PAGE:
Sprint decreased its network investments in the second quarter as it works to regain its financial footing, but its competitors continue to pour money into their infrastructure.
The four major U.S. carriers spent a combined $7.3 billion in capex in the second quarter of 2016, according to Jennifer Fritzsche of Wells Fargo Securities, down 10 percent from the $8.1 billion they spent during the same period a year ago. But that drop-off was due primarily to Sprint’s $376 million in capex spending, which marked a dramatic decrease from the $1.6 billion it spent during the second quarter of 2015.
“Excluding Sprint’s wireless capex, total spend was $6.9 billion in Q2 2016, and up 7 percent year over year from $6.5 billion,” Fritzsche wrote in a research note. “AT&T continues to invest in its wireless network, deploying fallow spectrum and densifying via the use of small cells, though we would note its capex budget has other demands on it as well (i.e.: increased fiber build, DTV capex, Mexico network build, etc.). T-Mobile continues to build out its 700 MHz footprint, and front-loaded its first half 2016 capex investment by $500 million in order to expedite the build.”
Indeed, T-Mobile CTO Neville Ray said earlier this month that the carrier will “close the gap” with Verizon’s LTE network footprint by the end of the year, covering the same number of people that Verizon does with LTE. T-Mobile’s LTE network currently covers 311 million, just a few million shy of Verizon’s network claims.
Meanwhile, analysts continue to question whether Sprint is investing enough in its network to keep pace with the competition. Sprint lowered its capex guidance in May for the rest of the year to $3 billion, down significantly from analysts’ estimates in the range of $4.5 billion, and its second-quarter earnings report did nothing to ease analysts’ concerns.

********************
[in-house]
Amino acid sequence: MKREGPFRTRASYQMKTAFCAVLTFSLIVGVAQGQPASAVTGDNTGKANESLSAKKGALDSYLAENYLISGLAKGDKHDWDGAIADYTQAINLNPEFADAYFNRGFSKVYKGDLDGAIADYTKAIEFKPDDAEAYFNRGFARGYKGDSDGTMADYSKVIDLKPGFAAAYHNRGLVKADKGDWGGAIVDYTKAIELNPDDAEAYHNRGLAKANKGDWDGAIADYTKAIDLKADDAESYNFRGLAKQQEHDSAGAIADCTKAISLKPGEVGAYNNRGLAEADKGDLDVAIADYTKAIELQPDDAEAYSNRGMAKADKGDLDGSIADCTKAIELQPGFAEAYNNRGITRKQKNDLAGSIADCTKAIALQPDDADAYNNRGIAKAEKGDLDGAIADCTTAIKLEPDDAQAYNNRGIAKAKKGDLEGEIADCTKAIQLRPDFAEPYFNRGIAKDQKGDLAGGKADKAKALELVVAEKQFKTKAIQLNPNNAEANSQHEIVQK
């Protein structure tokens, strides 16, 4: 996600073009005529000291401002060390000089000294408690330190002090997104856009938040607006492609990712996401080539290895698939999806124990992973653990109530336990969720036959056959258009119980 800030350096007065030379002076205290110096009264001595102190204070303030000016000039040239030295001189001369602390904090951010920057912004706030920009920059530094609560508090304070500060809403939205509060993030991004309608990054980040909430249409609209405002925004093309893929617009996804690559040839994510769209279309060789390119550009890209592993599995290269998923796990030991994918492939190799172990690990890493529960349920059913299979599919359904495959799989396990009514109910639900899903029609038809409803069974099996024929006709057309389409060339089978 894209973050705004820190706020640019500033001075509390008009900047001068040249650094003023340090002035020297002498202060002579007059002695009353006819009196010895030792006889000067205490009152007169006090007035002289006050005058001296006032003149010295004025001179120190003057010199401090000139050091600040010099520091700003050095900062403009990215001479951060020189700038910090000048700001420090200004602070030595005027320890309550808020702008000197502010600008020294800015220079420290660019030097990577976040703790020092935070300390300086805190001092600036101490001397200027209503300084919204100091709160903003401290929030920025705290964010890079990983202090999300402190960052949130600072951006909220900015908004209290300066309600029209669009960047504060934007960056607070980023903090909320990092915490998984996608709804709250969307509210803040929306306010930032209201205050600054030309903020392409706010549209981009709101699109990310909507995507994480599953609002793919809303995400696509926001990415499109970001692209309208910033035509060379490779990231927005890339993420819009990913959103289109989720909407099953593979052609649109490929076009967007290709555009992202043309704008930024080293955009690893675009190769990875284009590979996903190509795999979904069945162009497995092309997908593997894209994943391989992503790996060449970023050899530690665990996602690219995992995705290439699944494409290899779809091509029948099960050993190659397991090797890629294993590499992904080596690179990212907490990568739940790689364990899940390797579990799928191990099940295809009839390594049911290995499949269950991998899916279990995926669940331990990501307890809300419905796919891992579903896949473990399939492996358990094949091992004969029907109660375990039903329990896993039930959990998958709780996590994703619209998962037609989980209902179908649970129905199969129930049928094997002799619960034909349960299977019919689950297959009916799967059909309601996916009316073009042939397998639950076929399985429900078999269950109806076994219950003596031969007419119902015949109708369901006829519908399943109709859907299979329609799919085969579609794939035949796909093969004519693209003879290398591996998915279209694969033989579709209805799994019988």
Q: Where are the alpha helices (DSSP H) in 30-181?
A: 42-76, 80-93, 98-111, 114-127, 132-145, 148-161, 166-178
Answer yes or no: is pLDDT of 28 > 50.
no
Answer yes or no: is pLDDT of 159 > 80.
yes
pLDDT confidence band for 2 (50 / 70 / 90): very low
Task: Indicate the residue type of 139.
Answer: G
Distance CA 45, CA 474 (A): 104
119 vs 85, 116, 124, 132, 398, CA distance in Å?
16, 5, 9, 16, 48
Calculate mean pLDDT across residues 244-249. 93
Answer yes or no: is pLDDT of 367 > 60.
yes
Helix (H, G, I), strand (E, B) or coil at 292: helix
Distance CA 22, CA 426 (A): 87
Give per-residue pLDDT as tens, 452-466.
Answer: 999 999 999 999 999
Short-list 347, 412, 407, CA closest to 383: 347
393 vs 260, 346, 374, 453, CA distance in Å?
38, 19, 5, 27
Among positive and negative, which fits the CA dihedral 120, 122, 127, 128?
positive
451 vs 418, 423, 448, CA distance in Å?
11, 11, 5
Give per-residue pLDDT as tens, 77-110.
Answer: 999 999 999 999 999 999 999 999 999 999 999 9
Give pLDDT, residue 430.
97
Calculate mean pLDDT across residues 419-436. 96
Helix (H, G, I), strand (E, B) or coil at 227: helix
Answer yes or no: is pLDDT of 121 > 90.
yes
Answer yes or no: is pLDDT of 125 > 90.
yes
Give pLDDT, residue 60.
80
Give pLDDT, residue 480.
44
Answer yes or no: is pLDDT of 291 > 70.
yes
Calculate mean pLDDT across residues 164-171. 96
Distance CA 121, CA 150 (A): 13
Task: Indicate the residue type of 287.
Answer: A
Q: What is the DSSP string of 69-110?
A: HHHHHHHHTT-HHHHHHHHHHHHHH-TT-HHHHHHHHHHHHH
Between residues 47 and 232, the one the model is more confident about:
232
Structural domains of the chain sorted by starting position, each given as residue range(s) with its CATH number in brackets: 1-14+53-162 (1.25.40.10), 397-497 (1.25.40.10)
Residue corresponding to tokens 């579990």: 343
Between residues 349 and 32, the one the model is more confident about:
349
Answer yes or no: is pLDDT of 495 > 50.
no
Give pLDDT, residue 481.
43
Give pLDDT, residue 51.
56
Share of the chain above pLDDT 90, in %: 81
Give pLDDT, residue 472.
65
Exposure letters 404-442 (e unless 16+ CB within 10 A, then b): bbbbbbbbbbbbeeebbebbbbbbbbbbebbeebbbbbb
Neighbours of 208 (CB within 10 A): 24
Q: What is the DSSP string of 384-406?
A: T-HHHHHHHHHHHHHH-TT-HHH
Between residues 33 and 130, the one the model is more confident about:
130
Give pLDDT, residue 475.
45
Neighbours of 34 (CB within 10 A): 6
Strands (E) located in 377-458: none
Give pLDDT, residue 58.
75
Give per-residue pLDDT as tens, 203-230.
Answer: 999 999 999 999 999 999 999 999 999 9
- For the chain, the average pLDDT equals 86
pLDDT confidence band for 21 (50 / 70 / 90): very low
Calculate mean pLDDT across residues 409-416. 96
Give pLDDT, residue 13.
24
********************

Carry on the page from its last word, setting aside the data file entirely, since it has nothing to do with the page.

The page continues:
"Consolidated capex, again including phones, was 22 percent below StreetAccount consensus,” MoffettNathanson wrote last month following Sprint’s second-quarter results. “Results of network tests suggest that Sprint's network is getting better, and Sprint's deep 2.5 GHz spectrum holdings give it undeniable advantages in spectrum aggregation at lower cost. But this much lower?"
Analysts expect carriers to ramp up spending on their networks once the upcoming incentive auction of 600 MHz spectrum is complete, and as they begin to commercially deploy 5G technologies over the next few years. The next few quarters are likely to determine whether Sprint can continue to enhance its network sufficiently as it improves the bottom line.
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